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Ignoring Workplace Harassment Complaints Cost Mattress Maker $175K

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workplace harassment lawsuit

Black and Hispanic workers at a mattress manufacturing plant were subject to “severe racial harassment”  – including racist jokes, a noose and a Ku Klux Klan hood – while senior management ignored their complaints, the US Equal Employment Opportunity Commission (EEOC) said in a recent press release.

As a result of an EEOC investigation of the discrimination charges, Sealy of Minnesota, which operates the mattress and box spring plant in St. Paul, agreed to pay $175,000 to settle charges that black and Hispanic workers were subject to unlawful racial harassment and a hostile work environment.

The EEOC determined that Sealy’s senior management failed to take action to address the harassment and hostile work environment, despite receiving numerous complaints. The agency said there was reasonable cause to believe the company violated Title VII of the Civil Rights Act of 1964, and also discriminated against black and Hispanic employees in its employment decisions for lead positions at its St. Paul facility.

“Sealy now understands that it is not enough for an employer to have an anti-harassment policy,” said Julie Schmid, acting director of the EEOC’s Minneapolis Area Office. “An employer must have an effective policy, respond to allegations promptly, and take immediate and appropriate corrective action to end the discrimination.”

EEOC said the company is working with the federal agency to create and implement an anti-harassment policy that will better address employee complaints, including an anonymous hotline for employees to report incidents of discrimination. Sealy also agreed to revise its hiring and application process for lead positions, in order to select candidates based on their relevant skills and experience.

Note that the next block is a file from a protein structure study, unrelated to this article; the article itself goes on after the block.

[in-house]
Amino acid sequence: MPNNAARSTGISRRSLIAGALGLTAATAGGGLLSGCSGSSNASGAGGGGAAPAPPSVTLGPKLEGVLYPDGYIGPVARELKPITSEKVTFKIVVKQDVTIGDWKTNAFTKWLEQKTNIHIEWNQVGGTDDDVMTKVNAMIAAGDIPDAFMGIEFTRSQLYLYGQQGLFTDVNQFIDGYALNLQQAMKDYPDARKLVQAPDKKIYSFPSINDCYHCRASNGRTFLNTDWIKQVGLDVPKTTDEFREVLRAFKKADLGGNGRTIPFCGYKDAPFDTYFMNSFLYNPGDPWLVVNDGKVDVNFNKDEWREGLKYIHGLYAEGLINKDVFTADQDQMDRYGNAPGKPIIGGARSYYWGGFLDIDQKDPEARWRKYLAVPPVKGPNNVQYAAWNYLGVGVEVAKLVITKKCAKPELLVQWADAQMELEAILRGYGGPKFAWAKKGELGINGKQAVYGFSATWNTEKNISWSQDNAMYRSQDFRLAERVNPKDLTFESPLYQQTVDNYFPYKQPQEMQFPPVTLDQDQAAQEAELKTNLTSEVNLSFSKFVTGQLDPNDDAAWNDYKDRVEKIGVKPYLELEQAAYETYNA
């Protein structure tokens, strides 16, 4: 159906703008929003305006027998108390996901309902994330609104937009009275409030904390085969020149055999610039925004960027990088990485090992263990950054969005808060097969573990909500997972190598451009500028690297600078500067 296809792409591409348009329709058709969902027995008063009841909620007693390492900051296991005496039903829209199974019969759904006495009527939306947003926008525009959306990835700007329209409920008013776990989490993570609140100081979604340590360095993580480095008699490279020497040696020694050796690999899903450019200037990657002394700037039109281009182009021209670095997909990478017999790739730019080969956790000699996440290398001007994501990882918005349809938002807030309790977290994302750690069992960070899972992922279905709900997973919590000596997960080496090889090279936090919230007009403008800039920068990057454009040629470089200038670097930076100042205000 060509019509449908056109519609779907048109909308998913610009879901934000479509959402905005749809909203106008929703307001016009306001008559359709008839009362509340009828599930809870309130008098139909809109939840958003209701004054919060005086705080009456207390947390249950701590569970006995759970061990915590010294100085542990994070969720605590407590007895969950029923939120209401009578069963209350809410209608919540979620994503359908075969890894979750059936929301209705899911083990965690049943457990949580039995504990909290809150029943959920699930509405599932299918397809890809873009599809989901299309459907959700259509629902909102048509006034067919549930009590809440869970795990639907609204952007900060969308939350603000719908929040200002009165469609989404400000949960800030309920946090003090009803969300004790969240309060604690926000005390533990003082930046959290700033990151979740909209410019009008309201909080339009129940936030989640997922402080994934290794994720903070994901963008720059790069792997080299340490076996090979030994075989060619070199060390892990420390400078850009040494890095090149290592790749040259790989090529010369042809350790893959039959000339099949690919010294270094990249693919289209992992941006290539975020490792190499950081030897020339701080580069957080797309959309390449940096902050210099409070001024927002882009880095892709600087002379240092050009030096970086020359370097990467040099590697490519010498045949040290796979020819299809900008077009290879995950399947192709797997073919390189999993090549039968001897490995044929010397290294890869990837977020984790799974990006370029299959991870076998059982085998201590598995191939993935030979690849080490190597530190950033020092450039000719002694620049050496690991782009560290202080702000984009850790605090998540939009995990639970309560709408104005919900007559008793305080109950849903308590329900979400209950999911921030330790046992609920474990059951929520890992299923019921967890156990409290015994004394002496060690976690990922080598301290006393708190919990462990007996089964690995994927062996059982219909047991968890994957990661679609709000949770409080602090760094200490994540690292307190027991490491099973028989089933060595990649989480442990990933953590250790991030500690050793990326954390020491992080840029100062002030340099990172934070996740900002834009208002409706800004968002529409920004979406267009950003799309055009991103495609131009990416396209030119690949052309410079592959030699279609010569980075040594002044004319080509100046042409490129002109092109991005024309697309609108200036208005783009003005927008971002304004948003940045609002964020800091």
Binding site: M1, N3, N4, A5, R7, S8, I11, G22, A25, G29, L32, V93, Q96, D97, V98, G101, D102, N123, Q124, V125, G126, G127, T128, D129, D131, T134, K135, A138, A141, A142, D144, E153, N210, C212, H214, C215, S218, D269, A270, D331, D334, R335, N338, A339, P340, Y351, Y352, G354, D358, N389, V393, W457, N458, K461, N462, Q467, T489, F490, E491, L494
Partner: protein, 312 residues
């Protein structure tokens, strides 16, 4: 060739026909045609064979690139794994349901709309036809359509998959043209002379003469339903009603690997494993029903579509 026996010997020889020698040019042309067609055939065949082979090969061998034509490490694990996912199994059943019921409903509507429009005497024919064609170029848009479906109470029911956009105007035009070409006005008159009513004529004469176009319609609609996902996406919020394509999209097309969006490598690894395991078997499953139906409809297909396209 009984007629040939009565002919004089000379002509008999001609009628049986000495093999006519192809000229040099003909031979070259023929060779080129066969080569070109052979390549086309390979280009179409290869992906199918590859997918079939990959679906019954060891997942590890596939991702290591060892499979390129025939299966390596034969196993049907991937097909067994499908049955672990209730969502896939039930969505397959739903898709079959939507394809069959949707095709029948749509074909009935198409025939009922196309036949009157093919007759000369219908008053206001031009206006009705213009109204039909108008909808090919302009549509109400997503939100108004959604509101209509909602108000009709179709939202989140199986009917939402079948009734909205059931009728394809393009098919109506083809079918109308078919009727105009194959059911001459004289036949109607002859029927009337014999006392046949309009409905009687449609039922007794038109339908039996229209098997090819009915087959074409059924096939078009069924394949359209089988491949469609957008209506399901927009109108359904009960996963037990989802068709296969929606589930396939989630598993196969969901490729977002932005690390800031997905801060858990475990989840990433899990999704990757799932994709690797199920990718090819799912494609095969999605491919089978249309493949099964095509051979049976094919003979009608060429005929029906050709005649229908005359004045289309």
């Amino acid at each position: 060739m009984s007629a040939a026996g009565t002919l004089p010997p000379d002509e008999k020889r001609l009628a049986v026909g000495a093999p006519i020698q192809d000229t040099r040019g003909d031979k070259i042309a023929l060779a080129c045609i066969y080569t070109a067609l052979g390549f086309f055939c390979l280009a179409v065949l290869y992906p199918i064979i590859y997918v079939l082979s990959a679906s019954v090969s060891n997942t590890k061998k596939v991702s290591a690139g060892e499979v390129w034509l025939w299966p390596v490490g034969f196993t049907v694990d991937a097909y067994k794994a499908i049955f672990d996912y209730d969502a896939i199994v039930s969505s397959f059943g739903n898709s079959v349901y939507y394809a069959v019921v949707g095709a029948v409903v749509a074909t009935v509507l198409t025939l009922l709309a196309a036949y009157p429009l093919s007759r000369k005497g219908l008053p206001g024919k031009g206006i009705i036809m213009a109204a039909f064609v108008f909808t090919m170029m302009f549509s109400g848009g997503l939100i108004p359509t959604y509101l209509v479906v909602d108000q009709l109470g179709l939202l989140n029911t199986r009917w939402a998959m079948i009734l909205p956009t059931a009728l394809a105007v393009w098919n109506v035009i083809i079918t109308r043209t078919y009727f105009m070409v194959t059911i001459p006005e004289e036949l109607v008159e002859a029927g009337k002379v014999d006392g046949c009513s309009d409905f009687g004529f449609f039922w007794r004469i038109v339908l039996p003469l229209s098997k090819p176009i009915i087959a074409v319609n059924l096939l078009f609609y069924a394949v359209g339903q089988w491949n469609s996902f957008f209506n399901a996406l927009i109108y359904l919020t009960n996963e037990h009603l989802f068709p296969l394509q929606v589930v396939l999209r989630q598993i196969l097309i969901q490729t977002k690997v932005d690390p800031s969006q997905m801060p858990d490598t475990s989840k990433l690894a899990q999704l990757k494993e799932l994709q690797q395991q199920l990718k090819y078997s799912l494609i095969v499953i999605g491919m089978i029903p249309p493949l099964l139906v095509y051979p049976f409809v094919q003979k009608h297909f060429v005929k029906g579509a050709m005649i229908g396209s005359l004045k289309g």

Additional training for supervisors, managers and owners
In addition to paying $175,000 to the victims of the workplace harassment, Sealy will provide anti-discrimination training to all its employees and additional training on harassment and retaliation to its supervisors, managers and owners, the EEOC said. Sealy will also revise the performance evaluations of all supervisors to require compliance with EEOC laws as part of their job descriptions.

Complaint process key to enforcing anti-harassment policy
A formal complaint process that provides a prompt, thorough and impartial investigation into employee complaints is a key component of an effective anti-harassment policy and program. The EEOC recommends that employers adopt a strong anti-harassment policy that provides:

  • Clear assurance that employees who make complaints or provide information related to complaints will be protected against retaliation
  • A clear description of the complaint process, with multiple, accessible avenues of complaint, such as an employee hotline
  • Assurance that the employer will protect the confidentiality of harassment complaints to the extent possible
  • Assurance that the employer will take immediate and appropriate corrective action after determining harassment has occurred

Traliant Insight
As Sealy of Minnesota learned, ignoring complaints of discrimination and harassment not only fosters an unproductive, hostile work environment, it can result in expensive fines and penalties. The EEOC’s perspective is clear: Employers can be liable for harassment if they knew, or should have known, about their employees’ offensive conduct, and failed to take prompt and appropriate action to correct it.

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